But enough about why we are in decline. What can be done to stop it?
by Nathan Empsall, Tue Aug 18, 2009 at 05:03:46 PM EDT
(On an unrelated note, I checked with Jerome today, and will start some regular lite blogging on weekdays. Hence this post.)
I had the chance to meet Mike Huckabee in January 2008. As Republicans go, I'd always been impressed - but from John McCain to Chuck Grassley, Republican stars have a way of losing their shine, and Huckabee is no exception. From Think Progress:
On a visit to Israel and the occupied Palestinian territories this week, former Arkansas governor and Republican presidential candidate Mike Huckabee supported Israel's right to build settlements on Palestinian land. He also stated his opposition to a two-state solution, saying that there is no room for a Palestinian state "in the middle of the Jewish homeland":
Speaking to a small group of foreign reporters in Jerusalem, Huckabee, seen as a possible Republican presidential candidate in 2012, said the international community should consider establishing a Palestinian state some place else.
"The question is should the Palestinians have a place to call their own? Yes, I have no problem with that. Should it be in the middle of the Jewish homeland? That's what I think has to be honestly assessed as virtually unrealistic."
So Huckabee joins Eric Cantor in slamming the American president while on foreign soil - a far cry from the way their party called Dubya's critics unpatriotic. You also have to wonder why Huck ignores history - the middle of the Jewish homeland? Well, yes, it is the Jewish homeland, but the Palestinian people have also been there for centuries upon centuries. It's not just a Jewish homeland, but rather a two-culture homeland.
Matthew Yglesias' headline goes too far: "Huckabee Calls for Ethnic Cleansing of Palestinian Territories." No, he didn't say the people should be removed, just that Israel had a right to be the region's sole government, and that if Palestine has a state, it should be somewhere else. He didn't say the people should be forced to live in that state - that'd be like saying Florida Jews should be deported to Israel. Still, what he did say is pretty bad on its own.
I'd rather see the Republicans nominate Huckabee than I would Palin or Romney, but if Huckabee does emerge as a major 2012 contender, his opponents would be wise to focus on his foreign policy failings. This is not unlike his 2007 slips on Pakistan and Iran.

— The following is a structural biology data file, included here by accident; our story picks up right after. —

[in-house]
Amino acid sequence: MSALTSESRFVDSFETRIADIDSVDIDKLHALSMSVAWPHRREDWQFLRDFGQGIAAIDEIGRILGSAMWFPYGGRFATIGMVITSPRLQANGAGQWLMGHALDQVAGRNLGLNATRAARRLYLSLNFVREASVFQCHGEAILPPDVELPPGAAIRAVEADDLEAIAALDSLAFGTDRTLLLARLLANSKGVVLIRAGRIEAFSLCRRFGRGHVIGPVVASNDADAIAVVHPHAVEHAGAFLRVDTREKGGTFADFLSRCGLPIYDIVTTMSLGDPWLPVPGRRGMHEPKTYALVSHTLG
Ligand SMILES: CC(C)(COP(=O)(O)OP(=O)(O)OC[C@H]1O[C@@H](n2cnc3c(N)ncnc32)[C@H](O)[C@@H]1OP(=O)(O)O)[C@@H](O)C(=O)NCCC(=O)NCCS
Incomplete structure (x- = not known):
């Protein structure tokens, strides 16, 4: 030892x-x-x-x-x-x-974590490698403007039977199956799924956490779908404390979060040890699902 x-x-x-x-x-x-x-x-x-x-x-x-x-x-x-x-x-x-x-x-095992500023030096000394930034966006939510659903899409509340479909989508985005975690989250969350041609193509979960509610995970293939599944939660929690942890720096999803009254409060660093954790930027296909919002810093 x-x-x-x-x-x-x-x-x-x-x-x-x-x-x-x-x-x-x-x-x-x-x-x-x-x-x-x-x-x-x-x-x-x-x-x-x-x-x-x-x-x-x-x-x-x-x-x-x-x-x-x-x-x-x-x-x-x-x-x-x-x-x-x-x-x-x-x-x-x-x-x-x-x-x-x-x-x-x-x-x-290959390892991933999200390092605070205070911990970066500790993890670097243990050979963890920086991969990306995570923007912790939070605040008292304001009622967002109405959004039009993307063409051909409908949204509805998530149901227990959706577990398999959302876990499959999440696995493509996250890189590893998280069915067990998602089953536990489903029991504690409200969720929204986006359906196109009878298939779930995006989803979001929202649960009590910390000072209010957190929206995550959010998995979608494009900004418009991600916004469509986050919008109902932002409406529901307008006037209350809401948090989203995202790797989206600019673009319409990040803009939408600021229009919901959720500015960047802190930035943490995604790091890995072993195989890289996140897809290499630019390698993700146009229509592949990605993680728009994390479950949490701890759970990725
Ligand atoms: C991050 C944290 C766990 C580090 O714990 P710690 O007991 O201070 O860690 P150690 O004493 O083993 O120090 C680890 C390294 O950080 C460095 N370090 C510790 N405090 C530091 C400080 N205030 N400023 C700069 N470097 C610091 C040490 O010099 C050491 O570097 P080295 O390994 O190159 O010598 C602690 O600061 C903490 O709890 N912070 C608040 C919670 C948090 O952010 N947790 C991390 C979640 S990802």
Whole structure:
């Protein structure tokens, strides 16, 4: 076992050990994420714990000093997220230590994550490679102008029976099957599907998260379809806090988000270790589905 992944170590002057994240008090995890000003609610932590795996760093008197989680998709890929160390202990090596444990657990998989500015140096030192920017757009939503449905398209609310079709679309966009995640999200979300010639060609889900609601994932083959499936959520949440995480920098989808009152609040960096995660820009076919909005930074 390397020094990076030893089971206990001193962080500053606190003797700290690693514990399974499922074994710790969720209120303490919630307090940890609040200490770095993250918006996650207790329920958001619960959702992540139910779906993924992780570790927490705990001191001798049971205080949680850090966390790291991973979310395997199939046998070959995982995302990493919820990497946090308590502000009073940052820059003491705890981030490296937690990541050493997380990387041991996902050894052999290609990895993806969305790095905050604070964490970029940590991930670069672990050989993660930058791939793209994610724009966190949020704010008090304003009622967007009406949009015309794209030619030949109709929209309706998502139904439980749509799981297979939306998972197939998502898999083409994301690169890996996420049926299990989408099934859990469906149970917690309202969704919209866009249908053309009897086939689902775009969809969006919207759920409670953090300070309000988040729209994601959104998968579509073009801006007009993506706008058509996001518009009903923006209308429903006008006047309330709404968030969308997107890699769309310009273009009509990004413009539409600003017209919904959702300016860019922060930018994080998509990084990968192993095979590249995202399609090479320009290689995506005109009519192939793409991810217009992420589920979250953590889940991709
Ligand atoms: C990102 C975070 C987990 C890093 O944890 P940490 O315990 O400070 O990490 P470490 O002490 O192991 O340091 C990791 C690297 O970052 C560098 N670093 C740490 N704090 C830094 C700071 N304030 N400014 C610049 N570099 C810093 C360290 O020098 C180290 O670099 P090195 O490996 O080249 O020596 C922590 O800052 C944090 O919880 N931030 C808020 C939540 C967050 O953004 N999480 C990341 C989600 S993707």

by canadian gal, Wed Jun 03, 2009 at 04:37:45 PM EDT
(cross-posted at kickin it with cg and motley moose)
On the way to Riyadh, Saudi Arabia the New York Times is reporting that President Obama told Laura Haim on Canal Plus, a French television station, that the "United States also could be considered as 'one of the largest Muslim countries in the world.'"
This comment, predictably, has set off some controversy. Case in point is Robert Spencer of Jihadwatch, who asks "what planet is he on?" Answers Mark Leon Goldberg,
I'm guessing "earth." Because according to the Pew Research Center, there are an estimated 2.35 million Muslims in Amerca. This means that if the United States were a member of the 57 nation Organization of the Islamic Conferences it would rank, in terms of Muslim population, above Albania, Kuwait, Brunei, Benin, Togo, Djbouti, Suriname, Gabon, Gambia, Guyana, Guinea-Bissau, Comoros, Qatar, Lebanon, and the Maldives.
Obama went on to say:
"What I want to do is to create a better dialogue so that the Muslim world understands more effectively how the United States, but also how the West thinks about many of these difficult issues like terrorism, like democracy, to discuss the framework for what's happened in Iraq and Afghanistan and our outreach to Iran, and also how we view the prospects for peace between the Israelis and the Palestinians,"
"I think the most important thing I want to tell young people is that, regardless of your faith, those who build as opposed to those who destroy I think leave a lasting legacy, not only for themselves but also for their nations. And the impulse towards destruction as opposed to how can we study science and mathematics and restore the incredible scientific and knowledge -- the output that came about during centuries of Islamic culture.
After 8 years of clumsy buffoonery - I guess this is what real diplomatic efforts look like.